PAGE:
• did see the 2mm of J-point ST elevation in each of the inferior leads — but I thought ( = my opinion) that the shape of inferior ST-T waves was not necessarily abnormal given the marked LVH — and, the lack of clear evidence for acute posterior involvement (or for that matter, clear evidence for involvement in any of the other 9 leads) made me uncertain as to whether ECG #1 reflected anything more than marked LVH + LAHB. I didn’t feel able to make a call ...
=================
MThoughts on ECG #2:
  • I found ECG #2 (recorded the previous day when the patient had presented with hyperglycemia) — to be confusing rather than illuminating ( = my opinion).
  • QRS morphology in the limb leads is virtually identical (ie, marked left axis with LAHB). However, there are some changes in chest lead appearance: iTransition is delayed in ECG #2 (doesn’t occur until between leads V5-to-V6 — whereas the R wave became predominantly positive between leads V4-to-V5 in ECG #1); andiiQRS amplitude still satisfies voltage criteria for LVH in ECG #2 — but not as dramatically as it did in ECG #1. Attention to potential differences in QRS morphology between tracings being compared is important — because significant shift in frontal plane axis and/or alteration in chest lead positioning can sometimes make it very difficult to know whether ST-T wave differences reflect acute change vs positional change. I did not think QRS morphology differences between ECG #1 and ECG #2 were enough to alter my assessment of ST-T wave changes.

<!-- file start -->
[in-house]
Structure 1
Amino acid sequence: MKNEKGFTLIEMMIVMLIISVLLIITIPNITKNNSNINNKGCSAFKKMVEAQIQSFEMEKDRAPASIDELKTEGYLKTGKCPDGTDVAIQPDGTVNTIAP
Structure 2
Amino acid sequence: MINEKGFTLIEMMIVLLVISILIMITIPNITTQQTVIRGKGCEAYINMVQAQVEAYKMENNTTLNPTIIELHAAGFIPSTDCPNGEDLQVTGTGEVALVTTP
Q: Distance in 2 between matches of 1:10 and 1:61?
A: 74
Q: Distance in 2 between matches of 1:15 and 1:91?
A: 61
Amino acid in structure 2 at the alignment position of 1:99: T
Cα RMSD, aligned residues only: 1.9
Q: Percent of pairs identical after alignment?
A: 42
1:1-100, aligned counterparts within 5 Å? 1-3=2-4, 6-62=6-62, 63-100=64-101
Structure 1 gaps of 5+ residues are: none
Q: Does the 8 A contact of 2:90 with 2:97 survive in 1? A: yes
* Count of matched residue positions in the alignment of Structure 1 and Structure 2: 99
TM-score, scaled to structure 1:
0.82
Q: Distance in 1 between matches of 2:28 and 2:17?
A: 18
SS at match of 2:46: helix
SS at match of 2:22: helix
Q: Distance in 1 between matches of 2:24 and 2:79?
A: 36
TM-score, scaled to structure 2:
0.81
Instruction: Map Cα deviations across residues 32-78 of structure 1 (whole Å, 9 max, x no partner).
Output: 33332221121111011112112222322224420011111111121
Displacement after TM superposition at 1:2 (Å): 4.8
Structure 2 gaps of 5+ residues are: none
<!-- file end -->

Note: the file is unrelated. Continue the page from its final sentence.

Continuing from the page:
• ST-Wave Differences between ECG #vs ECG #— The inferior lead ST elevation seen in ECG #1 is clearly new compared to ECG #2 done a day earlier. That said — ST segments are clearly coved in lead II of ECG #2; coved and slightly elevated in lead V2 — and present a straight ST segment takeoff in leads V3-thru-V6 in ECG #2 that to me looks more acute than the more benignly-shaped upward concavity seen in these same leads in ECG #1. So in some ways — ST-T wave appearance in ECG #2 (done a day earlier) looked more worrisome to me than did ECG #1 ( = my opinion).
=================
MThoughts on ECG #3:
  • Comparison of QRS morphology in ECG #1 compared to ECG #3 looked quite similar (no more than minimal chest lead differences). Looking at all 12 leads in both tracings — I was not convinced that there were significant acute ST-T wave changes between the 2 tracings ( = my opinion).
=================
FINAL Comment: The 4th and 5th tracings on this patient (shown above) — clearly confirm evolution of an acute event. The purpose of my discussion was merely to highlight how challenging assessment of serial tracings can be — especially when there is LVH and other slight variations from one tracing to the next. Our THANKS to Dr. Smith for presenting this challenging case!
  • P.S.It turns out that all 3 of the tracings in Figure-1 showed a highly unusual appearance for the QRS complex in lead V2. Of note — R wave progression across the chest leads looked very different (and normal!) in the 4th ECG on this patient ( = the post-stent ECG) — and different still in the 5th (final) ECG. Therefore — I wonder what the true R wave progression would look like in this patient IF an ECG was to be done with validated chest lead electrode placement ...